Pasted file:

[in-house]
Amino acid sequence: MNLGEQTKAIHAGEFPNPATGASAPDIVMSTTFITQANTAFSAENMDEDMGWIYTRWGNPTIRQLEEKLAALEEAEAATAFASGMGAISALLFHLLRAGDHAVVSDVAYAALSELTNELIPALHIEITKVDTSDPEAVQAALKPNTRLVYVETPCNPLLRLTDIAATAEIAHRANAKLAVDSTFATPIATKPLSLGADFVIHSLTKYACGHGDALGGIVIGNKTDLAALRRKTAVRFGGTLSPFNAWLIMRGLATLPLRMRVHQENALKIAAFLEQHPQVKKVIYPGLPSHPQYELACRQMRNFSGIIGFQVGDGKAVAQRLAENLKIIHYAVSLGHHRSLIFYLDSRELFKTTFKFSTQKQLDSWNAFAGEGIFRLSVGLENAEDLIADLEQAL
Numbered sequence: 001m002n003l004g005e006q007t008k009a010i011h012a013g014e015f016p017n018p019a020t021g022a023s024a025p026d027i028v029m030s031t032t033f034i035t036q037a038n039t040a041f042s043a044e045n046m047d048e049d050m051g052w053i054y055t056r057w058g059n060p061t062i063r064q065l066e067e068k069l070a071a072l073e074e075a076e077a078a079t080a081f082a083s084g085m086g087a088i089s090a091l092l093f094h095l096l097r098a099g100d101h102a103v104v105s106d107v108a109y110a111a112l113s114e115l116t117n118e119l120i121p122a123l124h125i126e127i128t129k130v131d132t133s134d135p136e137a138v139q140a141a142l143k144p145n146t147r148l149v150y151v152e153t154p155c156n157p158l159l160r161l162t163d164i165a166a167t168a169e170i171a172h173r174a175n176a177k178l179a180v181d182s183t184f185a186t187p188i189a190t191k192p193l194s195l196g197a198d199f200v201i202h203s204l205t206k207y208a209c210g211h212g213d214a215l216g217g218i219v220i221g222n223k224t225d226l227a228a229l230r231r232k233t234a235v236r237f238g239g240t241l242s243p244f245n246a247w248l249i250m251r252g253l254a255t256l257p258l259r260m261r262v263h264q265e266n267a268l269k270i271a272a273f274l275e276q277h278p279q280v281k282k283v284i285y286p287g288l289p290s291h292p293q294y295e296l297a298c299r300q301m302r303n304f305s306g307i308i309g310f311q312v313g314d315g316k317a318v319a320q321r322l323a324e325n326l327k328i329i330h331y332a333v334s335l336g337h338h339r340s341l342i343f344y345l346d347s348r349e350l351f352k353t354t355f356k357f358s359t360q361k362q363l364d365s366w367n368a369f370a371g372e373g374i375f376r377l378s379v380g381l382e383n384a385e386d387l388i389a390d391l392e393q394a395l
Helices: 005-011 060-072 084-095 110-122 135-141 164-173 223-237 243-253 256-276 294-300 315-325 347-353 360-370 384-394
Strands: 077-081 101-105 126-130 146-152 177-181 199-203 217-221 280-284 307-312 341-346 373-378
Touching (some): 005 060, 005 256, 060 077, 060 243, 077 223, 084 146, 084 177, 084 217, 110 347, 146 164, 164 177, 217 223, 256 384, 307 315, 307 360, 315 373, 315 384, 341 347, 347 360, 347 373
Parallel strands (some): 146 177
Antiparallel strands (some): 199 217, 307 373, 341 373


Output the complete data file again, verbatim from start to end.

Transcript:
[in-house]
Amino acid sequence: MNLGEQTKAIHAGEFPNPATGASAPDIVMSTTFITQANTAFSAENMDEDMGWIYTRWGNPTIRQLEEKLAALEEAEAATAFASGMGAISALLFHLLRAGDHAVVSDVAYAALSELTNELIPALHIEITKVDTSDPEAVQAALKPNTRLVYVETPCNPLLRLTDIAATAEIAHRANAKLAVDSTFATPIATKPLSLGADFVIHSLTKYACGHGDALGGIVIGNKTDLAALRRKTAVRFGGTLSPFNAWLIMRGLATLPLRMRVHQENALKIAAFLEQHPQVKKVIYPGLPSHPQYELACRQMRNFSGIIGFQVGDGKAVAQRLAENLKIIHYAVSLGHHRSLIFYLDSRELFKTTFKFSTQKQLDSWNAFAGEGIFRLSVGLENAEDLIADLEQAL
Numbered sequence: 001m002n003l004g005e006q007t008k009a010i011h012a013g014e015f016p017n018p019a020t021g022a023s024a025p026d027i028v029m030s031t032t033f034i035t036q037a038n039t040a041f042s043a044e045n046m047d048e049d050m051g052w053i054y055t056r057w058g059n060p061t062i063r064q065l066e067e068k069l070a071a072l073e074e075a076e077a078a079t080a081f082a083s084g085m086g087a088i089s090a091l092l093f094h095l096l097r098a099g100d101h102a103v104v105s106d107v108a109y110a111a112l113s114e115l116t117n118e119l120i121p122a123l124h125i126e127i128t129k130v131d132t133s134d135p136e137a138v139q140a141a142l143k144p145n146t147r148l149v150y151v152e153t154p155c156n157p158l159l160r161l162t163d164i165a166a167t168a169e170i171a172h173r174a175n176a177k178l179a180v181d182s183t184f185a186t187p188i189a190t191k192p193l194s195l196g197a198d199f200v201i202h203s204l205t206k207y208a209c210g211h212g213d214a215l216g217g218i219v220i221g222n223k224t225d226l227a228a229l230r231r232k233t234a235v236r237f238g239g240t241l242s243p244f245n246a247w248l249i250m251r252g253l254a255t256l257p258l259r260m261r262v263h264q265e266n267a268l269k270i271a272a273f274l275e276q277h278p279q280v281k282k283v284i285y286p287g288l289p290s291h292p293q294y295e296l297a298c299r300q301m302r303n304f305s306g307i308i309g310f311q312v313g314d315g316k317a318v319a320q321r322l323a324e325n326l327k328i329i330h331y332a333v334s335l336g337h338h339r340s341l342i343f344y345l346d347s348r349e350l351f352k353t354t355f356k357f358s359t360q361k362q363l364d365s366w367n368a369f370a371g372e373g374i375f376r377l378s379v380g381l382e383n384a385e386d387l388i389a390d391l392e393q394a395l
Helices: 005-011 060-072 084-095 110-122 135-141 164-173 223-237 243-253 256-276 294-300 315-325 347-353 360-370 384-394
Strands: 077-081 101-105 126-130 146-152 177-181 199-203 217-221 280-284 307-312 341-346 373-378
Touching (some): 005 060, 005 256, 060 077, 060 243, 077 223, 084 146, 084 177, 084 217, 110 347, 146 164, 164 177, 217 223, 256 384, 307 315, 307 360, 315 373, 315 384, 341 347, 347 360, 347 373
Parallel strands (some): 146 177
Antiparallel strands (some): 199 217, 307 373, 341 373